Just Taxes Blog by ITEP

In the Face of the Trump Administration’s Anti-Immigrant Agenda, We Must Rely on Evidence to Highlight the Contributions of and Dispel Myths About Dreamers

May 4, 2018

Immigrants face tremendous uncertainty and little hope under the Trump Administration. The administration’s actions—banning travel from residents of primarily Muslim countries, the deportation of Christian Iraqi asylum seekers, and the rescission of DACA, the program that provides temporary reprieve to young immigrants; public statements on the value of immigrants from countries like Norway; and leaked proposals that would threaten the livelihood of legal immigrants—have made it clear that its immigration policy agenda is counter to the ideals of what America should be.

Dreamers, the young immigrants brought to the United States as children, have had some incremental victories in federal court. On April 24, a judge ordered that the administration must reinstate DACA and begin accepting new applications and renewals, but the administration has 90 days to respond. This makes it essential that we continue to promote the facts about the many ways Dreamers contribute to our communities and economy.

ITEP has published an updated report, State and Local Tax Contributions of Young Undocumented Immigrants, which finds that the 1.3 million young people who are currently enrolled or eligible for DACA contribute $1.7 billion a year in state and local taxes. The update incorporates new population estimates from US Customs and Immigration Services and the Migration Policy Institute. As of January 2018, more than 682,000 individuals were enrolled in DACA. These most recently available figures are smaller than previous estimates because they exclude former DACA enrollees who are now legal permanent residents, those who did not reapply, and those whose reapplication was denied. Additionally, the administrations’ rescission of DACA and the ongoing court cases have prevented and discouraged eligible DACA recipients from applying or reapplying. At this time, the most important population to consider is the total eligible population of 1.3 million Dreamers as this group will be most impacted by future decisions relating to DACA.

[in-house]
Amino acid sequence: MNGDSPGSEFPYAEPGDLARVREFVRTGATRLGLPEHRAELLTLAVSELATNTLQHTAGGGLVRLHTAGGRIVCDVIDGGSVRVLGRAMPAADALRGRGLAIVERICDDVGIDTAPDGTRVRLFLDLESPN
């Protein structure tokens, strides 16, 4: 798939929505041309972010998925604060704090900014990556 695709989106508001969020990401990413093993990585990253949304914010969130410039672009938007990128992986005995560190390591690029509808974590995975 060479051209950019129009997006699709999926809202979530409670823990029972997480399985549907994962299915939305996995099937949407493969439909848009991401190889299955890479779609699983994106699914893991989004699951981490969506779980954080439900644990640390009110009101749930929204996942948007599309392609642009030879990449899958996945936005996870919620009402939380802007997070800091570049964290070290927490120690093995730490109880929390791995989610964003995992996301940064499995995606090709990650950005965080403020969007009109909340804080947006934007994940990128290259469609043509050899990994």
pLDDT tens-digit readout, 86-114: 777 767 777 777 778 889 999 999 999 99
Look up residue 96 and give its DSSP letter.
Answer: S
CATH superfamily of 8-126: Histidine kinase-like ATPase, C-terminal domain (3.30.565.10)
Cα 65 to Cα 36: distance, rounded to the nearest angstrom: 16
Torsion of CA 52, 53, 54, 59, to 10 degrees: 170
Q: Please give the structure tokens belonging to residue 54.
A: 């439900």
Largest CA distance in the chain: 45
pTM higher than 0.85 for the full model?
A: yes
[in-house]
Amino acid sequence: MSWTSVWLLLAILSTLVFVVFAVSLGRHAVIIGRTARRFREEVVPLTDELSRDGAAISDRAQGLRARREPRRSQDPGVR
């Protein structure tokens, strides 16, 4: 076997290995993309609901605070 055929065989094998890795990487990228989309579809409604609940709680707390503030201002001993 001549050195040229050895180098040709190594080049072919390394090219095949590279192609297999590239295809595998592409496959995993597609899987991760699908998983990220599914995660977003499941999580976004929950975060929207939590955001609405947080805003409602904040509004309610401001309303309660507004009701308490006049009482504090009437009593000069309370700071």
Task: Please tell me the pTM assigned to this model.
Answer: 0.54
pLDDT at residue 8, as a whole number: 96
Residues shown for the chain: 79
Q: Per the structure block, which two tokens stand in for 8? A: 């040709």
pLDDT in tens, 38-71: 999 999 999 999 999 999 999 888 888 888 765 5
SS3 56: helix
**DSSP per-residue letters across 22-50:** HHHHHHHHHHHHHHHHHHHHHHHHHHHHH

DACA-eligible individuals pay on average 8.3 percent of their income in state and local taxes. Their effective tax rate is higher than the average rate paid by the top 1 percent of taxpayers in state and local taxes of just 7 percent and is on par with the average rate paid of 9.7 percent paid by the middle 20 percent of taxpayers. Continuing DACA and ensuring all who are eligible for the program are enrolled would increase state and local revenue by $815 million while repealing DACA protections would reduce state and local revenues by nearly $700 million.

Every state benefits from the tax contributions of Dreamers, but every state has much more to lose if we remove the temporary protections DACA grants these young people. I have the privilege of not living as an immigrant under this administration, so no one has ever drawn a bottom line under me and asked to monetize my contributions to justify my right to live near my family, friends, and the community I choose. The average Dreamer was only six years old when they were brought to the US. Before I was six, I lived in Montana, and while Big Sky Country has its appeal, I should never be forced to live in a place to which I have no real connections or memories. Dreamers are our neighbors, classmates, and co-workers, and they have called this country home for as long as they can remember. In breaking a promise America made with these young people, the Trump administration risks losing their considerable economic and societal contributions.


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